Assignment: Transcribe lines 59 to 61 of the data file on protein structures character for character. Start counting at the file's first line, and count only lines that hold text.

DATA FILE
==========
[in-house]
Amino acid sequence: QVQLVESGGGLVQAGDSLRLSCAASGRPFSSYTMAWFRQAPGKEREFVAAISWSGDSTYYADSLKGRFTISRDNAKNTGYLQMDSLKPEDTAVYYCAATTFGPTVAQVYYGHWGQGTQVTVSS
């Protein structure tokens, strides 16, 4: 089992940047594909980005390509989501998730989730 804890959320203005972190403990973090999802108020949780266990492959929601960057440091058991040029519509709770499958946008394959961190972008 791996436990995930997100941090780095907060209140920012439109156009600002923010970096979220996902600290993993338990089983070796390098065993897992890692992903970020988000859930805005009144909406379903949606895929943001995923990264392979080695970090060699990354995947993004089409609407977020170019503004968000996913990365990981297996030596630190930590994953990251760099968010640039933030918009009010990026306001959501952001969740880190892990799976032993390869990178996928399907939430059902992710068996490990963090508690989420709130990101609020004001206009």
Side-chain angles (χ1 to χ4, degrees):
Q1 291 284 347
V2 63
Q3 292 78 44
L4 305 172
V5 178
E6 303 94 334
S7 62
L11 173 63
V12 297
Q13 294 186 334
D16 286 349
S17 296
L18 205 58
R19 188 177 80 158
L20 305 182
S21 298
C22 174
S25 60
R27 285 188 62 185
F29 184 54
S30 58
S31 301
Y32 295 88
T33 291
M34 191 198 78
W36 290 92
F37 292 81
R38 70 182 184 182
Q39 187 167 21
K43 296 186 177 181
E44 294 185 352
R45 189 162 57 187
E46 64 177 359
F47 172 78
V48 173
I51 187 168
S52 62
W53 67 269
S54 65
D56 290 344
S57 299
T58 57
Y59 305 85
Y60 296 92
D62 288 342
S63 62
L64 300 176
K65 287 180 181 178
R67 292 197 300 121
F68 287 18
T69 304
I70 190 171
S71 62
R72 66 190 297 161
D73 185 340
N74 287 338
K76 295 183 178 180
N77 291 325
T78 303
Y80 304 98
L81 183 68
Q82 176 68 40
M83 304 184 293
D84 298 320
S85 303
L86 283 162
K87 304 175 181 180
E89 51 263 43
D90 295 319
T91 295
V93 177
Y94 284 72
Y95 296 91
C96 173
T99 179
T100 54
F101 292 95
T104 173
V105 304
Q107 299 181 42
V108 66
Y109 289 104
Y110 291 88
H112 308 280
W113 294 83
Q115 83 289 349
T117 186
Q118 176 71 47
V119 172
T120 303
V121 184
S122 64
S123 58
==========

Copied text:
D73 185 340
N74 287 338
K76 295 183 178 180